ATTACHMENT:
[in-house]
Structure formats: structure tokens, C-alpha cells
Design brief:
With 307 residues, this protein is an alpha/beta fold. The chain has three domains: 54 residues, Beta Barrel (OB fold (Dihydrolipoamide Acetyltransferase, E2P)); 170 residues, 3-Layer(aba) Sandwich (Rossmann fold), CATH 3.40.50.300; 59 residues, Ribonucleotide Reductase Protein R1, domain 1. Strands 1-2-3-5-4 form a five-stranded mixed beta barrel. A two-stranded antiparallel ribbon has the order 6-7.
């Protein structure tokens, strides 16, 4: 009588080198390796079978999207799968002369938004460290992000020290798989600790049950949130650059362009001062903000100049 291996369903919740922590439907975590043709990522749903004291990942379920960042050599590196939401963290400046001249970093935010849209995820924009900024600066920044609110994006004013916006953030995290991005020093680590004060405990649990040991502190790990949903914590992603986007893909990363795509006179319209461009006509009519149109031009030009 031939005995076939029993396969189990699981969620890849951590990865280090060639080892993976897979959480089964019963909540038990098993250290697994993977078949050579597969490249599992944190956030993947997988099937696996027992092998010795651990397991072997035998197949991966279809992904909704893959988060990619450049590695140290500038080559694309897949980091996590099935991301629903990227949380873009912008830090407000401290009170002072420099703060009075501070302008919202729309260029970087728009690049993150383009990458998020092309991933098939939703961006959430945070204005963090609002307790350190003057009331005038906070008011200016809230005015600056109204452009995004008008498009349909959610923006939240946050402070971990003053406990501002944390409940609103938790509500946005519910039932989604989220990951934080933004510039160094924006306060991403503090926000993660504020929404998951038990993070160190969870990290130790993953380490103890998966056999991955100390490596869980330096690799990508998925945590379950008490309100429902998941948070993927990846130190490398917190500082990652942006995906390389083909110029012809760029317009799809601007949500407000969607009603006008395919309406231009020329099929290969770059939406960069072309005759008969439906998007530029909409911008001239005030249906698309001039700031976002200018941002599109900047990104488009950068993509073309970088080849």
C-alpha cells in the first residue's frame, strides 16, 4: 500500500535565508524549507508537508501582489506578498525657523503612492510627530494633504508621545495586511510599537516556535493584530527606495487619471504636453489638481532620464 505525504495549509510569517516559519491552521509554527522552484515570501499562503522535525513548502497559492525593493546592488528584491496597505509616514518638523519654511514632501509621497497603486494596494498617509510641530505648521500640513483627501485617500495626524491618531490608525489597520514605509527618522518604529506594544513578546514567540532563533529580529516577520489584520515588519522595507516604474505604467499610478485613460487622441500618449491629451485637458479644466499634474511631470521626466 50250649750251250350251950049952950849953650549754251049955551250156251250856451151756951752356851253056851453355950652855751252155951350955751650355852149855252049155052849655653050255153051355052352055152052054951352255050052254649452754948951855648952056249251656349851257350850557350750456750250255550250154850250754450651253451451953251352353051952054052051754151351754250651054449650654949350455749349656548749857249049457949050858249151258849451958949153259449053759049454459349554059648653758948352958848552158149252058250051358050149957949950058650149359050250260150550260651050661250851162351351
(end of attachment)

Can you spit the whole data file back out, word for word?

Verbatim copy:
[in-house]
Structure formats: structure tokens, C-alpha cells
Design brief:
With 307 residues, this protein is an alpha/beta fold. The chain has three domains: 54 residues, Beta Barrel (OB fold (Dihydrolipoamide Acetyltransferase, E2P)); 170 residues, 3-Layer(aba) Sandwich (Rossmann fold), CATH 3.40.50.300; 59 residues, Ribonucleotide Reductase Protein R1, domain 1. Strands 1-2-3-5-4 form a five-stranded mixed beta barrel. A two-stranded antiparallel ribbon has the order 6-7.
């Protein structure tokens, strides 16, 4: 009588080198390796079978999207799968002369938004460290992000020290798989600790049950949130650059362009001062903000100049 291996369903919740922590439907975590043709990522749903004291990942379920960042050599590196939401963290400046001249970093935010849209995820924009900024600066920044609110994006004013916006953030995290991005020093680590004060405990649990040991502190790990949903914590992603986007893909990363795509006179319209461009006509009519149109031009030009 031939005995076939029993396969189990699981969620890849951590990865280090060639080892993976897979959480089964019963909540038990098993250290697994993977078949050579597969490249599992944190956030993947997988099937696996027992092998010795651990397991072997035998197949991966279809992904909704893959988060990619450049590695140290500038080559694309897949980091996590099935991301629903990227949380873009912008830090407000401290009170002072420099703060009075501070302008919202729309260029970087728009690049993150383009990458998020092309991933098939939703961006959430945070204005963090609002307790350190003057009331005038906070008011200016809230005015600056109204452009995004008008498009349909959610923006939240946050402070971990003053406990501002944390409940609103938790509500946005519910039932989604989220990951934080933004510039160094924006306060991403503090926000993660504020929404998951038990993070160190969870990290130790993953380490103890998966056999991955100390490596869980330096690799990508998925945590379950008490309100429902998941948070993927990846130190490398917190500082990652942006995906390389083909110029012809760029317009799809601007949500407000969607009603006008395919309406231009020329099929290969770059939406960069072309005759008969439906998007530029909409911008001239005030249906698309001039700031976002200018941002599109900047990104488009950068993509073309970088080849």
C-alpha cells in the first residue's frame, strides 16, 4: 500500500535565508524549507508537508501582489506578498525657523503612492510627530494633504508621545495586511510599537516556535493584530527606495487619471504636453489638481532620464 505525504495549509510569517516559519491552521509554527522552484515570501499562503522535525513548502497559492525593493546592488528584491496597505509616514518638523519654511514632501509621497497603486494596494498617509510641530505648521500640513483627501485617500495626524491618531490608525489597520514605509527618522518604529506594544513578546514567540532563533529580529516577520489584520515588519522595507516604474505604467499610478485613460487622441500618449491629451485637458479644466499634474511631470521626466 50250649750251250350251950049952950849953650549754251049955551250156251250856451151756951752356851253056851453355950652855751252155951350955751650355852149855252049155052849655653050255153051355052352055152052054951352255050052254649452754948951855648952056249251656349851257350850557350750456750250255550250154850250754450651253451451953251352353051952054052051754151351754250651054449650654949350455749349656548749857249049457949050858249151258849451958949153259449053759049454459349554059648653758948352958848552158149252058250051358050149957949950058650149359050250260150550260651050661250851162351351